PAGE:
“It's all in the mind.” ― George Harrison

When the Fab four stepped off that plane in 1964 Americans weren’t sure what to think of that long hair and rebellious tone but that didn’t stop their popularity. The perception was so overwhelming it became the start of what was dubbed “The British Invasion”.

Perception is a strange animal.

Unmanned Aircraft System (UAS) / Unmanned Aircraft Vehicle (UAV) systems are a powerful new tool for surveyors but they are guilty by association merely through the confused used name drone. DRONE is an acronym for Dynamic Remotely Operated Navigation Equipment. The military Predator, debuted in 2001, became the first weapon in history whose operators could use it to stalk and kill a single individual on the other side of the planet much the way a sniper does, and with total invulnerability. When the technology converted to a more consumer product the name carried over and so did the impression of invasive performance. These days, the word drone is used to refer to just about any kind of remote-controlled, unmanned aircraft. That could mean a consumer-grade quadcopter or a slightly more advanced octocopter. But it has a negative connotation. It hasn’t helped any that many of these quadcopters in the hands of amateurs have caused further negative impact on a technology that has proven a valuable tool for commercial use. Regardless of size, the responsibility to fly safely applies equally to manned and unmanned aircraft operations. What has happened is legislation and the FAA’s incremental approach failed to address the issues in a timely manner, so irresponsible public use has given the UAS/UAV technology a bad name. It is a similar layman's perception of a surveyor referring to his survey instrument as a gun.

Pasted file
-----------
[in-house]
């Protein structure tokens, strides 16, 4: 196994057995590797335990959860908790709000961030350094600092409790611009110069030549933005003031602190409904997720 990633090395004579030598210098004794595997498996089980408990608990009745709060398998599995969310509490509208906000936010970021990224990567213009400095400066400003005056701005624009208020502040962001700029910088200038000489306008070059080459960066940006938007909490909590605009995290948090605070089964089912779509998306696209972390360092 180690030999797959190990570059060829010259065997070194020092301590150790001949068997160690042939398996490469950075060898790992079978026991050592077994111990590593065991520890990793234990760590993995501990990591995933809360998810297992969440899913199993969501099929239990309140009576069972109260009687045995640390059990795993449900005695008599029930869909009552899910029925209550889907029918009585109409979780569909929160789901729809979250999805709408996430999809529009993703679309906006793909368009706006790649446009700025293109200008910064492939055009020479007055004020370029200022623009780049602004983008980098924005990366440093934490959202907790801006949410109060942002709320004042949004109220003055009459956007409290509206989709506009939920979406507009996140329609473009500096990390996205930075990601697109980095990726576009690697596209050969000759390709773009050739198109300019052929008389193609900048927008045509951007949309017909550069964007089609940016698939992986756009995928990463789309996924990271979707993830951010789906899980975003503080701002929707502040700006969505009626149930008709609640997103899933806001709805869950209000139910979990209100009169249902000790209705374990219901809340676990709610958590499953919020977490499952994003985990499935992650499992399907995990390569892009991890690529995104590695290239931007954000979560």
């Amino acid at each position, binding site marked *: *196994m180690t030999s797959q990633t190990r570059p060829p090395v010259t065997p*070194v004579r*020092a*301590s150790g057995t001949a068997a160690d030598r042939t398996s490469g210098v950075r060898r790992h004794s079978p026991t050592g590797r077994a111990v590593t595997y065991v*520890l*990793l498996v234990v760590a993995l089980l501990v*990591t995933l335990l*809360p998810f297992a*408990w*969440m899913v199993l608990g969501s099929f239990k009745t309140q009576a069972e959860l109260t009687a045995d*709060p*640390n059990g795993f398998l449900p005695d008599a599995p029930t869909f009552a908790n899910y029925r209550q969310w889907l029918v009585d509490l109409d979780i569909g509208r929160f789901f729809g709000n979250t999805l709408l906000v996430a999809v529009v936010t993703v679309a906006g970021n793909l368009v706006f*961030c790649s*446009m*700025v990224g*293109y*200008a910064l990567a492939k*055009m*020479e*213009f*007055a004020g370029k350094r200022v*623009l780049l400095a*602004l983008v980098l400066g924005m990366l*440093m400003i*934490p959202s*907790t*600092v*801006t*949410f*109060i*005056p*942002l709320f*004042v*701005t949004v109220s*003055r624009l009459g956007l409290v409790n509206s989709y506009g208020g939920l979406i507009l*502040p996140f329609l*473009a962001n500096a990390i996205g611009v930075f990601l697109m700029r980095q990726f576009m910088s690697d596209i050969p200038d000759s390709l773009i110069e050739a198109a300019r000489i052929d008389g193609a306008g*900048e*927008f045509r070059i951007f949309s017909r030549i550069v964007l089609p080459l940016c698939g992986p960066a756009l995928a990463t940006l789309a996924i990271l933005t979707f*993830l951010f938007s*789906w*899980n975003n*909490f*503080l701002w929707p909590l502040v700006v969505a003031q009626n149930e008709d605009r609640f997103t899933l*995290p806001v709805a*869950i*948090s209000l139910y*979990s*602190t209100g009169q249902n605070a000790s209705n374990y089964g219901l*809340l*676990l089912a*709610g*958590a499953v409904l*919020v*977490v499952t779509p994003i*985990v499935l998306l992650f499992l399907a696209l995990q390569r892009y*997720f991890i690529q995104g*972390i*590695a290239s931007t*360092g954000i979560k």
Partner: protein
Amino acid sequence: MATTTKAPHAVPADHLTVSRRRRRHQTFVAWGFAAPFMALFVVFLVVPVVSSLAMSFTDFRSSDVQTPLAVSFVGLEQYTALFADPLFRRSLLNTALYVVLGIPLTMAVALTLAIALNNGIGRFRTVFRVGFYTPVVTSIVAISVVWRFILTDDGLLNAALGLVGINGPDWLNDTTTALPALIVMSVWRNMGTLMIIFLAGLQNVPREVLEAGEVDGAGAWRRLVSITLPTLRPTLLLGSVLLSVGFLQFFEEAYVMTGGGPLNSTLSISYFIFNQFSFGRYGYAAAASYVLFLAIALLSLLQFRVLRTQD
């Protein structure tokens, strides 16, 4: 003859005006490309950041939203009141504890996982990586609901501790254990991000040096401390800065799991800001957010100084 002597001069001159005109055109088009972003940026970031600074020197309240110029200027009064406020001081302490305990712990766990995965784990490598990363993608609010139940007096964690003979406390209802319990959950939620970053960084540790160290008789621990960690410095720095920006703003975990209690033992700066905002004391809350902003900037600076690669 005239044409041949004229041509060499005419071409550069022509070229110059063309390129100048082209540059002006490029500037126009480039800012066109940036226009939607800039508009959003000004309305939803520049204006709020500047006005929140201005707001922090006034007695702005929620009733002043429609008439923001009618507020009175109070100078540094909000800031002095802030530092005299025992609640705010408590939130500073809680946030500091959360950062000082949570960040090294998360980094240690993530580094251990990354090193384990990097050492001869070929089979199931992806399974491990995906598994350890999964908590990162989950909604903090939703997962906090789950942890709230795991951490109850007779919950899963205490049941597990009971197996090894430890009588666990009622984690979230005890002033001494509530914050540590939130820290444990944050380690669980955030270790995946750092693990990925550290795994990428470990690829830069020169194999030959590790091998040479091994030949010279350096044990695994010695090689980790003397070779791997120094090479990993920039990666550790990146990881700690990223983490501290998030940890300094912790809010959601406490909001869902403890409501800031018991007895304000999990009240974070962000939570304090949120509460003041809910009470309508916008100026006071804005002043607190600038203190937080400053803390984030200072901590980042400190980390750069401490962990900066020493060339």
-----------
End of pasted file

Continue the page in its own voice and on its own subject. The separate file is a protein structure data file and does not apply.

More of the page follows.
Capitol Records hindered the Beatles' releases in the United States for more than a year by initially declining to issue their music, including their first three singles, because they just weren’t sure of the image. Imagine the momentum and talent we lost during that period. Need I remind you how it turned out? 213 Songs.*

My point is, if you want to advance this technology, stop referring to it as drones. Remove the negative perception by an uninformed public. It might help advance the technology to the positive tool it can be for land surveyors and other commercial applications.

Source: “The Beatles Complete Scores” By Hal Leonard Corporation, Copyright 1993.